April 1, 2019 – Today is the second anniversary of the installation of the Reconciliation Pole, carved by 7idansuu (Edenshaw), James Hart, Haida Hereditary Chief and Master Carver. On this day two years ago, as many may recall, the event began with dark clouds overhead but then ended under a clear blue sky as the pole was raised by hundreds of people with thousands more cheering on.
Others too will remember the words spoken that day, in particular those who spoke about the painful experiences associated with Indian residential schools but also of hope for a better future for today’s Indigenous youth, now free from the most oppressive elements of colonization and able to access the education required to move themselves and their communities forward.
Words were also spoken in remembrance of those thousands of children who died in the schools. And things were said about the need for Indigenous and non-Indigenous peoples to walk the path of reconciliation together, which the pole idealizes in addition to telling the story of the time before, during and after the Indian residential school system impacted the first inhabitants of this country.
The day’s event moved President Ono to state that “the pole reflects UBC’s commitment to provide continued education and awareness about the Indian residential school system and the steps we must take to move forward together.”
Since that day two years ago, the Reconciliation Pole has come to be viewed by many as a cherished member of the campus and its collection of world-class artworks.
But disturbingly, against this backdrop of optimism, this past Friday, on March 29th, a campus employee contacted Campus Security to notify them of vandalism to the Reconciliation Pole. Two of about a dozen 3-foot stakes that were ringing the base of the pole on a temporary basis had been removed from the ground and inserted into the back of the pole – one in an existing crack and another in the mouth of a carved figure. Campus Security immediately removed the stakes from the pole. Thankfully there is no visible physical damage to the pole and all of the stakes have since been removed.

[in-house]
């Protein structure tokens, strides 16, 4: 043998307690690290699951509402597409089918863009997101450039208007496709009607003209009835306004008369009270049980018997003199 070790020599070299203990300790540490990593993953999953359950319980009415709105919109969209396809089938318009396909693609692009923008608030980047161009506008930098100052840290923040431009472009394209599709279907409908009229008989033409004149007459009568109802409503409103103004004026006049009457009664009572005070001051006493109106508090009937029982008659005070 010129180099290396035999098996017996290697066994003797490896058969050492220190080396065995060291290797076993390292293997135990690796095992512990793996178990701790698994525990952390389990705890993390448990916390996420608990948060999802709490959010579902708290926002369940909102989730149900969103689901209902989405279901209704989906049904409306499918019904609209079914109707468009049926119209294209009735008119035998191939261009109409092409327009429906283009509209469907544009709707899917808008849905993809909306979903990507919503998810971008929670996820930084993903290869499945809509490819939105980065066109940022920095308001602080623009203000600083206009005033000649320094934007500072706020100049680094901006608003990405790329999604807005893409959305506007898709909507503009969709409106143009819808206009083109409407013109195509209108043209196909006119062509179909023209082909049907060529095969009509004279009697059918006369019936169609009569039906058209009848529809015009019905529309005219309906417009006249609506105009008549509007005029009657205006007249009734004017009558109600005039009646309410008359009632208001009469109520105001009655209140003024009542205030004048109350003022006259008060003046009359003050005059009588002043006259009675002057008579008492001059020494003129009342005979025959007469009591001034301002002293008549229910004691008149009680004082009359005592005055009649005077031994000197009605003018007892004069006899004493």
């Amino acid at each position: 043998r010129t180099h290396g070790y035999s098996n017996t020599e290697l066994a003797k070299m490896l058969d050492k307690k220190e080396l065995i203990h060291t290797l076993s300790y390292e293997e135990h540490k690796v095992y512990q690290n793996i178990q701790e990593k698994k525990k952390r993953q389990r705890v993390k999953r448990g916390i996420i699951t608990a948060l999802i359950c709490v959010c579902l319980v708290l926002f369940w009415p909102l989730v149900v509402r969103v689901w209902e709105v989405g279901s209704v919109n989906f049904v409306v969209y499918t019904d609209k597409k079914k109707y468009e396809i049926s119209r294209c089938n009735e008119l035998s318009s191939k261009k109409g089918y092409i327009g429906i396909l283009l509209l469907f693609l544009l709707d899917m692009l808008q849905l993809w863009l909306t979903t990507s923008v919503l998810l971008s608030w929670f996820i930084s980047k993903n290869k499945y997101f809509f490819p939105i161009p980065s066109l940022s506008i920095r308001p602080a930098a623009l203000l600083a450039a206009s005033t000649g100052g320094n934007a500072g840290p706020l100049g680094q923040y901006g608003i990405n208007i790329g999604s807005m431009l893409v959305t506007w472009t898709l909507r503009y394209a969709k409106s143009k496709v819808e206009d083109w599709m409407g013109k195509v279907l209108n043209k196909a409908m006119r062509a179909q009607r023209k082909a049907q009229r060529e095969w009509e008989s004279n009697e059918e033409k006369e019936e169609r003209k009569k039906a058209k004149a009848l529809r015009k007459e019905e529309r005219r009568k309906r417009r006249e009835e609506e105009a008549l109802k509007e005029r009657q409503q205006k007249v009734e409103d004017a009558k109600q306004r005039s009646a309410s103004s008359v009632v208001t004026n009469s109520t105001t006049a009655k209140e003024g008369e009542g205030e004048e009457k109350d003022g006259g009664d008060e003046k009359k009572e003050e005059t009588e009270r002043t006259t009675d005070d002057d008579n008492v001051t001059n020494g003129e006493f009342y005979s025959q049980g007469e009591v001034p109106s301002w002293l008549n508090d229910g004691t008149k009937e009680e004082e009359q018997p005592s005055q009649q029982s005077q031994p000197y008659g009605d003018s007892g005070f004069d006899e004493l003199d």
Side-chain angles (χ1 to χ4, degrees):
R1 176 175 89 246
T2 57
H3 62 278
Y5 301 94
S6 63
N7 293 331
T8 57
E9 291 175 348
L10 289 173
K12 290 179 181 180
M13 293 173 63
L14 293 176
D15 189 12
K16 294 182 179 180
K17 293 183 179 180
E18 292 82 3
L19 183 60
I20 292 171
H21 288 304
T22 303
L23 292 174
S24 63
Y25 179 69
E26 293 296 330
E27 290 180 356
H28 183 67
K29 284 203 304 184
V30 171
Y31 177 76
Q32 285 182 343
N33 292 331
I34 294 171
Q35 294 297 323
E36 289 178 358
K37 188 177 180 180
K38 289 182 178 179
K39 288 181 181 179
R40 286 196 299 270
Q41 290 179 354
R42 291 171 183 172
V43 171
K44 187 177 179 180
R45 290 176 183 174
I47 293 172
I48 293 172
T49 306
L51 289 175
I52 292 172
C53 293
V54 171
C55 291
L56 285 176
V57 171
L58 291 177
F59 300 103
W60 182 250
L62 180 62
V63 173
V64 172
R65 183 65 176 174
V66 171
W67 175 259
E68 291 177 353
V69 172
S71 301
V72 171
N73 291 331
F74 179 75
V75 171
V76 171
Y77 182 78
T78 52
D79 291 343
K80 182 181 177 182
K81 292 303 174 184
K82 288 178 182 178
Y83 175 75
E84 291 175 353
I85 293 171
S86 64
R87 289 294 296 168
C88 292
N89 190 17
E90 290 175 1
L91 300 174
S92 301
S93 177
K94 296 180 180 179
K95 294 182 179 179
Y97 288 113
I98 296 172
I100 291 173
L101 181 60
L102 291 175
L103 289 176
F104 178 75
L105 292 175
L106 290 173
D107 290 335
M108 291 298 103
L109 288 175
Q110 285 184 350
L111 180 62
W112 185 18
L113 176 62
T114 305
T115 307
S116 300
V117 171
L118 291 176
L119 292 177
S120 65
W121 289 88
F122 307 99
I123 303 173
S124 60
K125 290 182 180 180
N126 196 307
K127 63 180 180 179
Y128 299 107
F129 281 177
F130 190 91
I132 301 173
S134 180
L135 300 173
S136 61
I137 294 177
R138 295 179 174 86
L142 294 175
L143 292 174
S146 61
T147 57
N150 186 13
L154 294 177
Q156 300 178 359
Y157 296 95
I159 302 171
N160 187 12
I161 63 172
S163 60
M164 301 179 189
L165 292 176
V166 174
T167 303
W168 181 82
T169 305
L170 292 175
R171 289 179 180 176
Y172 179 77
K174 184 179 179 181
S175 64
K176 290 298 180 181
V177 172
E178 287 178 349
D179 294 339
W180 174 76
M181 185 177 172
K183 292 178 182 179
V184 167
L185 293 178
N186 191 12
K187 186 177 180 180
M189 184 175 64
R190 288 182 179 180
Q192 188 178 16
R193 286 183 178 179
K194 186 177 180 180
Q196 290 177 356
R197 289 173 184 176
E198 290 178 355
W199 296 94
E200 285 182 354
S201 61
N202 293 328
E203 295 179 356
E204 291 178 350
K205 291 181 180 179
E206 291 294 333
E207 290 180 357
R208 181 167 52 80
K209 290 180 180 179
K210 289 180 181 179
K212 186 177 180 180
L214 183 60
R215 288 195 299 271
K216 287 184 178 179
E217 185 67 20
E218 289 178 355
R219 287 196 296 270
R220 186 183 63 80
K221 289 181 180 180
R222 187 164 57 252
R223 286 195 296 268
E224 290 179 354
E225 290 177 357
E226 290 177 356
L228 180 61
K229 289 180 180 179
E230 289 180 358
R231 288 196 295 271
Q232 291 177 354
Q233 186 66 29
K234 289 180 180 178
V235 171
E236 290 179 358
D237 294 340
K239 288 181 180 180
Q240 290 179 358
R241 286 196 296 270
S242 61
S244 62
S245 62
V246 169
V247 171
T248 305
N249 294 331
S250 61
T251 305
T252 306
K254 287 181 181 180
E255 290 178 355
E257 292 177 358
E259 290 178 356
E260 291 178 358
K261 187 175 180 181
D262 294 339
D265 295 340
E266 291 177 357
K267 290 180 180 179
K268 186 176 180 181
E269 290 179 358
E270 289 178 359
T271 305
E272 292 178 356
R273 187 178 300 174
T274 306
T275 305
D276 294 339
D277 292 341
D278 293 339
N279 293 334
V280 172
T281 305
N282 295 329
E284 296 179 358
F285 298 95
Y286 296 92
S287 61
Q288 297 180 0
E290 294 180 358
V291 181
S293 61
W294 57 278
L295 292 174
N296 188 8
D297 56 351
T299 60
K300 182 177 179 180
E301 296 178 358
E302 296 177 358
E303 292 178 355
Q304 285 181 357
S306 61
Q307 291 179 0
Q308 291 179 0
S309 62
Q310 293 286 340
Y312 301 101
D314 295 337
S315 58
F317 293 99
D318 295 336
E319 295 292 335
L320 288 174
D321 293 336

Despite there being no physical damage to the pole, this troubling act of vandalism nevertheless represents an affront to everyone on and off campus who embrace the pole’s symbolic importance and artist value. More specifically, this condemnable act profoundly disrespects everything the pole represents, from the voices of the survivors of the schools, the memories of the children who died in them, the hopes of Indigenous peoples, to the honour of all Canadians who are striving to shake free from the darkness of the past to embrace a brighter future together. As well, it disrespects the tremendous vision of James Hart who created this beautiful monument.
7idansuu has been informed of the incident as have others on campus. He indicated he would like to use this incident as an opportunity to bring people together in understanding the pole’s meaning and all that it represents. He provided the following statement:
It has been two years since we raised the “Reconciliation Pole” at UBC with many Peoples helping. A Pole created out of RESPECT, empathy for our past, an understanding, a work of hope of working together in meaningful ways. Taking care of the Lands, taking care of the seas, taking care of the airs all in the effort of taking care of one’s self and theirs. The gift of LIFE, the chance we have with this gift. In all of this, respect, respect for other peoples, respect for freedom, freedom of speech, respect for Religions, respect for one’s self, respect for what one does, one’s actions. Respect for your family, your friends. Respect for all life and all things that share their space with us. We cannot lose our respect. Carry your ancestors in your heart… Endeavour to persevere.
He also indicated he supports a cleansing ceremony taking place with Musqueam representatives on whose territory the pole stands. A private ceremony was held on Saturday.
In closing, please take this moment to reflect on the Reconciliation Pole, both in terms of what it represents but also on what it means to you, and feel free to voice your appreciation for it in some manner.
Margaret Moss, Director, First Nations House of Learning
Sheryl Lightfoot, Senior Advisor to the President on Indigenous Affairs
Modified: April 2, 2019